6. Avatar photo Mr Peter A Ford says:

    I got rid of the EE router and bought a Draytek Vigor. Problems solved!! EE agreed to pay me £50 towards it

  7. Avatar photo Terry says:

    I am really surprised that providers that seemingly seem more directly in control over delays and repairs including KCOM and Virgin Media are not part of this. KCOM specifically said they would be when this was first mooted (http://bit.ly/2VapLiC) but notably absent here. Also not great that some pretty big players are scrambling to now want to join, albeit now after launch. Conversely, check out a confident Zen Internet who put some of the likes of

  8. Avatar photo Jigsy says:

    Wow; such a shame nobody will ever see any of it.

  9. Avatar photo Brian Storey says:

    This is a win for ISPs rather than the customer. Here is why:-

    Previously the ISP would to do 1 or 2 things if a customer was inconvenienced.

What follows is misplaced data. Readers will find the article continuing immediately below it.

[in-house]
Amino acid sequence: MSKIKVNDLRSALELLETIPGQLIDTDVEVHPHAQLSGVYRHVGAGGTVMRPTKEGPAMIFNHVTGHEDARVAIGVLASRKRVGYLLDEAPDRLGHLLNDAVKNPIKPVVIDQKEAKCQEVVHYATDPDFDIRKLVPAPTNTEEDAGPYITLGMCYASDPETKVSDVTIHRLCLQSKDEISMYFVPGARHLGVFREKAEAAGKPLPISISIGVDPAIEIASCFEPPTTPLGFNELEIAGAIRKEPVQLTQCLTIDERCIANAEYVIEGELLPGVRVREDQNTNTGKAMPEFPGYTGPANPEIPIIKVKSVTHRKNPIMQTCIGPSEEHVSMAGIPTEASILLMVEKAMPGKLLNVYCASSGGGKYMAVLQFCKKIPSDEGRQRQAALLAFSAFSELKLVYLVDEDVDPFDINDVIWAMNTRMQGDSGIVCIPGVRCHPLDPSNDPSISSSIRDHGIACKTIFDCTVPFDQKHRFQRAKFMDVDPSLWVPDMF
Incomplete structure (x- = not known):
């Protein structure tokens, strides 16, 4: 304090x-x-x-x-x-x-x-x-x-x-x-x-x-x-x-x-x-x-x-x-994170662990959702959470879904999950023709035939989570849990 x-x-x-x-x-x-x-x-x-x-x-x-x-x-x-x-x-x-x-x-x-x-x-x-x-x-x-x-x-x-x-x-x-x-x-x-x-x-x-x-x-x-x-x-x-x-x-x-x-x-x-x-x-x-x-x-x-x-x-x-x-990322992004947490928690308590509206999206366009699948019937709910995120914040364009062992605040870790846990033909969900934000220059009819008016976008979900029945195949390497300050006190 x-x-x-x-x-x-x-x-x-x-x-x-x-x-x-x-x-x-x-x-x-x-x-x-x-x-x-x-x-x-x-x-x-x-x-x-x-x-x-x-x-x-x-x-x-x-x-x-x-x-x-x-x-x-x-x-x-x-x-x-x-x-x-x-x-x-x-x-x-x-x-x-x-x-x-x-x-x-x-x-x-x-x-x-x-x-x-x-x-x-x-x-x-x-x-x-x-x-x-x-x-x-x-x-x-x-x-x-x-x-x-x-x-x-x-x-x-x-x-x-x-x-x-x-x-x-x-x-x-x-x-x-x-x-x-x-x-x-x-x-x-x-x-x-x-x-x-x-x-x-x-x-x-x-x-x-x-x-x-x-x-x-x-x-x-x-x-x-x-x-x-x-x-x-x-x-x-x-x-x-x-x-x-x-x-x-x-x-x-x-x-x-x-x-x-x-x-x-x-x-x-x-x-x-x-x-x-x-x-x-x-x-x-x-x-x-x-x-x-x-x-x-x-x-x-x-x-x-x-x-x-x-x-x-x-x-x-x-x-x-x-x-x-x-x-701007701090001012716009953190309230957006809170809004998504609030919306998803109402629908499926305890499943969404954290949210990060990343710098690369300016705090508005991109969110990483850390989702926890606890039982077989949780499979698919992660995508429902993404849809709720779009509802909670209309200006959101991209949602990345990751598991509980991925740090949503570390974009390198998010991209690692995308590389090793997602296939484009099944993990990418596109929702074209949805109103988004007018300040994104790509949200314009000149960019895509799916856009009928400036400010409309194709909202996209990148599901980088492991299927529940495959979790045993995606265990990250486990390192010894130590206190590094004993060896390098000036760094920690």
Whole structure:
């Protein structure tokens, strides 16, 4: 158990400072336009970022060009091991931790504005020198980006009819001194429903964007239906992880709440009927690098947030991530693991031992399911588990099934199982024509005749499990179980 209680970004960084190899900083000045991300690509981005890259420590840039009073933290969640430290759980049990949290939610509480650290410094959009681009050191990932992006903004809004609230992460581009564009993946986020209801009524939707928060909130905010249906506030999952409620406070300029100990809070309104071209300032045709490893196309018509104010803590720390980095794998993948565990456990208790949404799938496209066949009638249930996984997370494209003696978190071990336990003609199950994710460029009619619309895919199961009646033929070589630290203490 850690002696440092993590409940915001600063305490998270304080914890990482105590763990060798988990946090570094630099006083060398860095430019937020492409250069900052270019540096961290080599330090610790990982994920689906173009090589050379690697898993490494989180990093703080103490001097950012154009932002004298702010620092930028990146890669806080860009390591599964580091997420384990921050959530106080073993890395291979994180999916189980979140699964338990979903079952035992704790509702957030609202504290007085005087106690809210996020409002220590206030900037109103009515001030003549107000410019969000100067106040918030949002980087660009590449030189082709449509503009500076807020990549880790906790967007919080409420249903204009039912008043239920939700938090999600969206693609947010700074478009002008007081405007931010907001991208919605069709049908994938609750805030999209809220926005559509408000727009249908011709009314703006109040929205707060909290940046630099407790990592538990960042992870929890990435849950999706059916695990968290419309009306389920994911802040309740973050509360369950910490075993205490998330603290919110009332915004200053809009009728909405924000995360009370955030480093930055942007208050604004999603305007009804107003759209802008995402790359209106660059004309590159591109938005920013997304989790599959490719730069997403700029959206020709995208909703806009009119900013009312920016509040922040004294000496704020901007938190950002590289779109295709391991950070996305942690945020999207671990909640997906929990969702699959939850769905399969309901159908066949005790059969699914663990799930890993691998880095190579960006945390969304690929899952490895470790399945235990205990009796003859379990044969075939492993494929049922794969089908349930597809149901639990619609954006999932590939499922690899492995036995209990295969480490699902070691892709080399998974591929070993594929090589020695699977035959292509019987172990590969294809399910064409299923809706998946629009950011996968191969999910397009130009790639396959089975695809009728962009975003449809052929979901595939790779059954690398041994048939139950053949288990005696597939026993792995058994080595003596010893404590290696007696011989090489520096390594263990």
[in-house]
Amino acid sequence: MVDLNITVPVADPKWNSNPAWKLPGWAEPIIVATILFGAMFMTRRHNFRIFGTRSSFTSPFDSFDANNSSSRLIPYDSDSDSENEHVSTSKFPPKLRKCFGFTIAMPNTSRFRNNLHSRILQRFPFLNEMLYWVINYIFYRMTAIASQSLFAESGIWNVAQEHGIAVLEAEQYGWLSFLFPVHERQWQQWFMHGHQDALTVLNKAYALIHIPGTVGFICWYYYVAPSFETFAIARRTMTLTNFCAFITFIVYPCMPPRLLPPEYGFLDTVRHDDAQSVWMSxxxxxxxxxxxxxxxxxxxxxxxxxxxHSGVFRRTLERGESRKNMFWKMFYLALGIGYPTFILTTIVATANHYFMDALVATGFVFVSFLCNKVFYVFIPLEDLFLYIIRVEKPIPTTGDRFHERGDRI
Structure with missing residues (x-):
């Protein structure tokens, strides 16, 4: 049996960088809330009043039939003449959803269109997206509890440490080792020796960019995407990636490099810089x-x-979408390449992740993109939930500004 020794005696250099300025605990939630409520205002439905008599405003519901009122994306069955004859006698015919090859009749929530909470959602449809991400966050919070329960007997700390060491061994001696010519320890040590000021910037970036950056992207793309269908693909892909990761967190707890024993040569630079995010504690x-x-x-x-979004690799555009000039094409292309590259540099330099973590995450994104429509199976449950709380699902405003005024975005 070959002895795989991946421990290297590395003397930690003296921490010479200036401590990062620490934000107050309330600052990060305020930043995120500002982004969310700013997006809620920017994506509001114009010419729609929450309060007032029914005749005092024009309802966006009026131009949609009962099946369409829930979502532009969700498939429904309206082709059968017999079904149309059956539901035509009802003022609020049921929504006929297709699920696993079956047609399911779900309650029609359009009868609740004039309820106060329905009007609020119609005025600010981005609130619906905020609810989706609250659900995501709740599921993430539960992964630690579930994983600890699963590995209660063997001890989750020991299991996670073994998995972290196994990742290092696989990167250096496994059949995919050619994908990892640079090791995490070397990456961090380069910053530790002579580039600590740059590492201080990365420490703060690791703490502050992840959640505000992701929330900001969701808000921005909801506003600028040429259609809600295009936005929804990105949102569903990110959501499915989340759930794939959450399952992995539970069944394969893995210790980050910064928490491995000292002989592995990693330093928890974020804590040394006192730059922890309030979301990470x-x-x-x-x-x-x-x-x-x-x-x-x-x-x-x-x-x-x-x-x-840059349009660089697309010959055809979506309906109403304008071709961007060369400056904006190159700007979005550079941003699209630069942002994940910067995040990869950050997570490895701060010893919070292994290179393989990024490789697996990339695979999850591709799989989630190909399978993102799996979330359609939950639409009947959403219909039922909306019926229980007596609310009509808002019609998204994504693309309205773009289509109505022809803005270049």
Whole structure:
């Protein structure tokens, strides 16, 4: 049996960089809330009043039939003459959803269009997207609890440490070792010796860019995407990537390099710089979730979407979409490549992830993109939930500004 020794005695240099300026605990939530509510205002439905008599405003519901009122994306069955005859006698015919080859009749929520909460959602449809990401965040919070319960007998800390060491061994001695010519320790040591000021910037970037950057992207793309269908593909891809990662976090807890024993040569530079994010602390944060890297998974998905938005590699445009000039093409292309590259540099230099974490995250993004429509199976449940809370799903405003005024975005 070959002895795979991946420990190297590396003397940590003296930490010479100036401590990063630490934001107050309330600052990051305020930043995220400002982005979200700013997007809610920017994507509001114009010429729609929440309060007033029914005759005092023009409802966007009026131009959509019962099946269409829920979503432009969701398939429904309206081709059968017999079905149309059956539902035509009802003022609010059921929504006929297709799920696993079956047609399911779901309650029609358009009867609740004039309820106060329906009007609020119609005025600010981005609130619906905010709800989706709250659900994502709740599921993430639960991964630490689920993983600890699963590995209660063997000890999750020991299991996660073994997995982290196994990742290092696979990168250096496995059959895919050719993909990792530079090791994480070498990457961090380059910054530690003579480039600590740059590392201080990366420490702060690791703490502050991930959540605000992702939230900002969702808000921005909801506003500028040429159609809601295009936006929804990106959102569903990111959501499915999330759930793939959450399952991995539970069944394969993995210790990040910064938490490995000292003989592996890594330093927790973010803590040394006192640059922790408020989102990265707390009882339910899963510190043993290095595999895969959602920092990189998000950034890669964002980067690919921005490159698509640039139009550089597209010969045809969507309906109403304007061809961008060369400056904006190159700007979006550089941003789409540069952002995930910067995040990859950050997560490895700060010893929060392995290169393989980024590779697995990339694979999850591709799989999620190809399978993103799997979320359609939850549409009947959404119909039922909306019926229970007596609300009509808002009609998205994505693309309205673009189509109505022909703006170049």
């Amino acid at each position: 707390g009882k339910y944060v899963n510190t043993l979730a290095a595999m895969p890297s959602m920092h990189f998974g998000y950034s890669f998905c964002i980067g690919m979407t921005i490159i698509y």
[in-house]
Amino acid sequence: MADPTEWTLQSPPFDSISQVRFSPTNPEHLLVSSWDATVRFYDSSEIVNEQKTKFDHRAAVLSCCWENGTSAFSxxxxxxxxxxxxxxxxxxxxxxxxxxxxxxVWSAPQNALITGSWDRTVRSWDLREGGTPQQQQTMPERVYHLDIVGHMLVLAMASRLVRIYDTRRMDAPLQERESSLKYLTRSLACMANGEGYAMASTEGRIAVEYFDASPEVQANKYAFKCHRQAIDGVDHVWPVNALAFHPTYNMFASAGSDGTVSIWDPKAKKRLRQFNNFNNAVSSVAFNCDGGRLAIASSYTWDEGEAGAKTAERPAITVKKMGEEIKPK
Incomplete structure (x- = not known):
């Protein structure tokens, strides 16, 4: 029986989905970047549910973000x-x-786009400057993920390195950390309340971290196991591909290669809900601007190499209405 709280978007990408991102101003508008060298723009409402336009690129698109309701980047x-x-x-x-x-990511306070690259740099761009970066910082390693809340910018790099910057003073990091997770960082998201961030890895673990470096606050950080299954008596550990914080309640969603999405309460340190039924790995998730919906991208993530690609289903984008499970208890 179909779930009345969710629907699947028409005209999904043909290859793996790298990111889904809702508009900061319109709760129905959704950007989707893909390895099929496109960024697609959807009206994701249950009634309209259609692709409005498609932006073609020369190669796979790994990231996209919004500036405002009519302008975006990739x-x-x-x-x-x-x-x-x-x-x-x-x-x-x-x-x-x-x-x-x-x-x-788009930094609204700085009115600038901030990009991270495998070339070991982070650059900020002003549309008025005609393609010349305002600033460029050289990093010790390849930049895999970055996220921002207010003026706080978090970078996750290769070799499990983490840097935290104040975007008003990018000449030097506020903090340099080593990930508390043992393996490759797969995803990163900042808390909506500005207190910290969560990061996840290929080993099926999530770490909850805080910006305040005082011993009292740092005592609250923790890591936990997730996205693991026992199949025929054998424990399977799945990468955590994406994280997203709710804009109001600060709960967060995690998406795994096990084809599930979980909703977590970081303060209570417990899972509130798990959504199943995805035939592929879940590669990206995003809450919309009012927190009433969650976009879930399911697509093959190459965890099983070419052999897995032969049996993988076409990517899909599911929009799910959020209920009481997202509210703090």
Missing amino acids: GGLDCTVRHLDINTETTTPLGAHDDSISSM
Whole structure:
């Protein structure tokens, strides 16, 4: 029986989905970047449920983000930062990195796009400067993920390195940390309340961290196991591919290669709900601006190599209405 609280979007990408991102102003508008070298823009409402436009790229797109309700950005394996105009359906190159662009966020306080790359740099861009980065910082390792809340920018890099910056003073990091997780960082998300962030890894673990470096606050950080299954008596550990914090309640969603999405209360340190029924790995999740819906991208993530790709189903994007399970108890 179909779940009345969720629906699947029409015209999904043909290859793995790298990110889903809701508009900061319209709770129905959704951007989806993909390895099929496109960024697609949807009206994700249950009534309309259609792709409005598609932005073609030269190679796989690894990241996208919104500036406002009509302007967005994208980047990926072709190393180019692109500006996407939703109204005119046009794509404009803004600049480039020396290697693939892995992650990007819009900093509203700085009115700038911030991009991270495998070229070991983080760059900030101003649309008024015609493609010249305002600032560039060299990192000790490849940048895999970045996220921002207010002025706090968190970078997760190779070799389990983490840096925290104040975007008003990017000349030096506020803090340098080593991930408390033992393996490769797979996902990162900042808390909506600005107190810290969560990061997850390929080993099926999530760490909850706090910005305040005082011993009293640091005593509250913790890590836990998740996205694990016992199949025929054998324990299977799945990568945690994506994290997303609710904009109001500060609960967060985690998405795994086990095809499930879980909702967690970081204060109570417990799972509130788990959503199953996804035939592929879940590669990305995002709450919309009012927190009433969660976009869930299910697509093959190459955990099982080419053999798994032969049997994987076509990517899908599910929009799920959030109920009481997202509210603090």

1) Not do anything and hope the customer just accepted it
    2) Give them a gesture of good will, maybe 1 or a few months free service.

    If the customer decided to cancel either during delivery or once live, the ISP had a cost to pay (in most circumstances) so there was a driver on them to avoid this actual cost by giving away something which doesn’t actually cost.

    Further, some ISPs would throw money at customers to effectively pay them off to prevent a complaint going to Ofcom, thus keeping them off the radar. The Industry knows that OFcom place a lot of faith in their call stat categorisations. No calls – no problem…